Friday, March 27, 2020

"Felicity Carrol and the Murderous Menace"

Patricia Marcantonio was born in Pueblo, Colorado. She has won awards for her journalism, short stories and screenplays. Her children's book Red Ridin’ in the Hood and Other Cuentos has earned an Anne Izard Storyteller’s Choice Award and was named an Americas Award for Children’s and Young Adult Literature Commended Title, and one of the Wilde Awards Best Collections to Share with recommendations from Bulletin of the Center for Children’s Books. She now lives in Idaho.

Marcantonio applied the Page 69 Test to Felicity Carrol and the Murderous Menace, her first Felicity Carrol mystery, and reported the following:
Felicity Carrol, my Victorian amateur detective of the Felicity Carrol series, is sometimes seen as almost too perfect. Sure she’s brilliant, wealthy and beautiful. But she is very human and flawed. She has major daddy issues. Her wealthy father neglected her so she turned to knowledge as a substitute to his love. While she can quote historical facts with her formidable memory, she is still young and learning as she goes about human nature, particularly its ability to turn evil. At times, she depends too much on science and not enough on intuition so she’ll stumble while charging ahead. Most telling is the reason she wants to solve murders and it’s not for her own fame or ego, which can sometimes flare up.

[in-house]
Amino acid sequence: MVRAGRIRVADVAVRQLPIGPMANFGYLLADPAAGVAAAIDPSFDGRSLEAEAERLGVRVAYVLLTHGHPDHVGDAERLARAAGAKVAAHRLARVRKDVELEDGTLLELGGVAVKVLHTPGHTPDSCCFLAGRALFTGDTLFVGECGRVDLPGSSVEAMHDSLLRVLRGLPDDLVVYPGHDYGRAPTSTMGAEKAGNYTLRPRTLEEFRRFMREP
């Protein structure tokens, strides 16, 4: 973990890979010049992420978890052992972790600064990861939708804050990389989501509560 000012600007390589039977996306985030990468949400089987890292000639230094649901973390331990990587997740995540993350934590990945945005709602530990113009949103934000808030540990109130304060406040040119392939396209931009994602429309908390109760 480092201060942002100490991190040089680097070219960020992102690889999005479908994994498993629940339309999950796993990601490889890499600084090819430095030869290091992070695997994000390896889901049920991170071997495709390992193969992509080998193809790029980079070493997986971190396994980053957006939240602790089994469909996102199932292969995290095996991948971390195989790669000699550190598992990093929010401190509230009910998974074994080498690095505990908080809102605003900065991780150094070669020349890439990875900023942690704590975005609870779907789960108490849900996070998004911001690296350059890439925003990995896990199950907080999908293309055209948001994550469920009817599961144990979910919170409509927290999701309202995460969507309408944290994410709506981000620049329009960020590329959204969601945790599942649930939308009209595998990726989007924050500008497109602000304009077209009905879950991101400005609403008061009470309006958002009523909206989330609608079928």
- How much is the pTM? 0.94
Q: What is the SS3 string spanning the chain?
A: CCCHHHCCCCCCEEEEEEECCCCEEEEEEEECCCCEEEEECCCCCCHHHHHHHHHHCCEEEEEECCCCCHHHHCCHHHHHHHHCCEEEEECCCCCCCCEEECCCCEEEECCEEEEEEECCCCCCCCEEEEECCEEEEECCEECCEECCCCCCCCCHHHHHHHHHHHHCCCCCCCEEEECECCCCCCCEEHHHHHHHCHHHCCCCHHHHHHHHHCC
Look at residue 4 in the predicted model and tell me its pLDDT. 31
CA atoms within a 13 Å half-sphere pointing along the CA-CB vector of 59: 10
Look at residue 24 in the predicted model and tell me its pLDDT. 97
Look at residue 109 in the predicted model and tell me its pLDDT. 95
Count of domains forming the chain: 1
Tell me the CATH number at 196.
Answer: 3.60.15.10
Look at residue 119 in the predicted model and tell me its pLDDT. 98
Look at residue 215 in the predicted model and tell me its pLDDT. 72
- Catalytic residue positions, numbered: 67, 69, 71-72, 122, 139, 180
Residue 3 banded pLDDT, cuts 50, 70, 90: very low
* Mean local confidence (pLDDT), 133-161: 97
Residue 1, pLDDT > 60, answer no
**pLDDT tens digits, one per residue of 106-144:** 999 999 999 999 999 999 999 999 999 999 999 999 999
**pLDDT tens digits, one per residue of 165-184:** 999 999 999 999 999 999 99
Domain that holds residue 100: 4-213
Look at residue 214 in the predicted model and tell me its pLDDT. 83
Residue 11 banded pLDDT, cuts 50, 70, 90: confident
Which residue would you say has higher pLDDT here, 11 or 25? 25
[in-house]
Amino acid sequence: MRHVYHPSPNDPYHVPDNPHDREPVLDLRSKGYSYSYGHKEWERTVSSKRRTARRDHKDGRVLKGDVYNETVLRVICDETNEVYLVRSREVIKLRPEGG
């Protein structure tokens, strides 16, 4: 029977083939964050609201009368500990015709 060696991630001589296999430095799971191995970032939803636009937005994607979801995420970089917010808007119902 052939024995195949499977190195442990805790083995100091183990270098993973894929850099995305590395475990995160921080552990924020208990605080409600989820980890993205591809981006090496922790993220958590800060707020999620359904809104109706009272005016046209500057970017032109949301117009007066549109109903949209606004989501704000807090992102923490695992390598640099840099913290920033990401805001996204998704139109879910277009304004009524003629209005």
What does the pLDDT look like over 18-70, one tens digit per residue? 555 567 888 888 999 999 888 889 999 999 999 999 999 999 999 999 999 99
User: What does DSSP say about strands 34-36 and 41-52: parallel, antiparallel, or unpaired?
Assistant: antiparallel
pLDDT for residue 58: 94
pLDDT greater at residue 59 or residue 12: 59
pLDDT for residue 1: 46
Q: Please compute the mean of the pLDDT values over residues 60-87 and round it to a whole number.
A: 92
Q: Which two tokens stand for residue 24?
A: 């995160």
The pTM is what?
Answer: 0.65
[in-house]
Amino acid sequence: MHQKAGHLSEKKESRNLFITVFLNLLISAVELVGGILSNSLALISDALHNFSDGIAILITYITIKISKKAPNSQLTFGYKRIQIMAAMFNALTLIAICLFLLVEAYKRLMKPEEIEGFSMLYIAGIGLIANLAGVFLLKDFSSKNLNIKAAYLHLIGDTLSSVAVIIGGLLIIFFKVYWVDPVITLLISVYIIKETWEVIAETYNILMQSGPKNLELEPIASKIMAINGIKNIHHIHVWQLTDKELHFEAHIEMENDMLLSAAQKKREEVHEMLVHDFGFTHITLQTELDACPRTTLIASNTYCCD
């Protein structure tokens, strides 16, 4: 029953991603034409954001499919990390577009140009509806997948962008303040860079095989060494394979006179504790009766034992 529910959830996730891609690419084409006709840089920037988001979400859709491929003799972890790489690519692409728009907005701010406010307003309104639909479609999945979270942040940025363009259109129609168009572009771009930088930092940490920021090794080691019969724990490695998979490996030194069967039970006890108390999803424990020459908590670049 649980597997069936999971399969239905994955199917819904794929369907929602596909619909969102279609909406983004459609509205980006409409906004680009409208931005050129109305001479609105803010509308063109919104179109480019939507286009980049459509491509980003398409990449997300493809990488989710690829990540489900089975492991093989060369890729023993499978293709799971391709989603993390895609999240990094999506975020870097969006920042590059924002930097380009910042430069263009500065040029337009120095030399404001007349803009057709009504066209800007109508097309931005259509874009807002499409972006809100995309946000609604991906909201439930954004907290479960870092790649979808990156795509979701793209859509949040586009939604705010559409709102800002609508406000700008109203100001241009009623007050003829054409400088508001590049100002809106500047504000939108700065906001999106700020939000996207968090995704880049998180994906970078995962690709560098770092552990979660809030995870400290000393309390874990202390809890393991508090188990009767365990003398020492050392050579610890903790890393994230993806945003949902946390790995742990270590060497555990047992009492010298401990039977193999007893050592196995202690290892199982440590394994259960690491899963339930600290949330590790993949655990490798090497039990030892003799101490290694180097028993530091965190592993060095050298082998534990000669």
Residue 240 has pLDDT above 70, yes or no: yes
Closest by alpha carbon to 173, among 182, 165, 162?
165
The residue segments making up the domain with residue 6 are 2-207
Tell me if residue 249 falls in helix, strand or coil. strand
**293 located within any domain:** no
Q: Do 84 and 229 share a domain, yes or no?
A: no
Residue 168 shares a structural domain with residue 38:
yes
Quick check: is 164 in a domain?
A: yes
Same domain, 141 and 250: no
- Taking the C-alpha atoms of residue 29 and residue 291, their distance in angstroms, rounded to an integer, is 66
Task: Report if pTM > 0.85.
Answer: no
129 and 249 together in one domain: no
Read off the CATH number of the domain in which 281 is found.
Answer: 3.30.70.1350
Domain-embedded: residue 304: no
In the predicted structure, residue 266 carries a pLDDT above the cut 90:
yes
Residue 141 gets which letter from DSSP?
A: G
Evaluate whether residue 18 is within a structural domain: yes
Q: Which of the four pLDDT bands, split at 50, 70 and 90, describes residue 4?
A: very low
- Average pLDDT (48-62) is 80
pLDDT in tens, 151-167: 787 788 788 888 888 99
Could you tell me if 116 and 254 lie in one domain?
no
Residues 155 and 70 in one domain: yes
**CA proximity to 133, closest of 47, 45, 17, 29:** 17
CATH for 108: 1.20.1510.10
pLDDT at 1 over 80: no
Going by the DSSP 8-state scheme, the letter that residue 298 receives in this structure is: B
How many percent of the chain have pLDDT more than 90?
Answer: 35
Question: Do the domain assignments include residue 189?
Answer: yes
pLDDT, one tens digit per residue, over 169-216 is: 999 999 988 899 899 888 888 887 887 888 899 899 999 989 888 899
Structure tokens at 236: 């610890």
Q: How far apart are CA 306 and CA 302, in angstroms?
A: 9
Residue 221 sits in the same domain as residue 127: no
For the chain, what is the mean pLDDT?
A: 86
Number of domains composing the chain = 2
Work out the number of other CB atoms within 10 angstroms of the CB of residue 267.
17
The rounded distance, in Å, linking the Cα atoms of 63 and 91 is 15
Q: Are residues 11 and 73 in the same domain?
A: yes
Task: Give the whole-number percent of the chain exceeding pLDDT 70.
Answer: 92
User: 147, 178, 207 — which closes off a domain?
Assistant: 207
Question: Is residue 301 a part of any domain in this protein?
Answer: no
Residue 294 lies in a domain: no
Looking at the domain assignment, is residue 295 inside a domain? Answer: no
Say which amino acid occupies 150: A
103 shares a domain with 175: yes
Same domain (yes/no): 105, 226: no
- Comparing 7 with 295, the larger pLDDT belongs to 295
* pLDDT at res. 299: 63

She wants justice. She has compassion for the dead.

Page 69 is a perfect example. Felicity visits the grave of a murder victim in a lonely pauper’s cemetery above the Montana mining town where the story is set. The graveyard is sad and forgotten with overgrown weeds and fallen wooden markers. The victim was a prostitute. Standing at the grave site, she can empathize with the dead’s poor life. Felicity had wanted to bring roses but couldn’t find a florist shop. Instead she brings a vow the find the killer because he’d taken everything away from the victim. And that’s very human.
Visit Patricia Marcantonio's website.

--Marshal Zeringue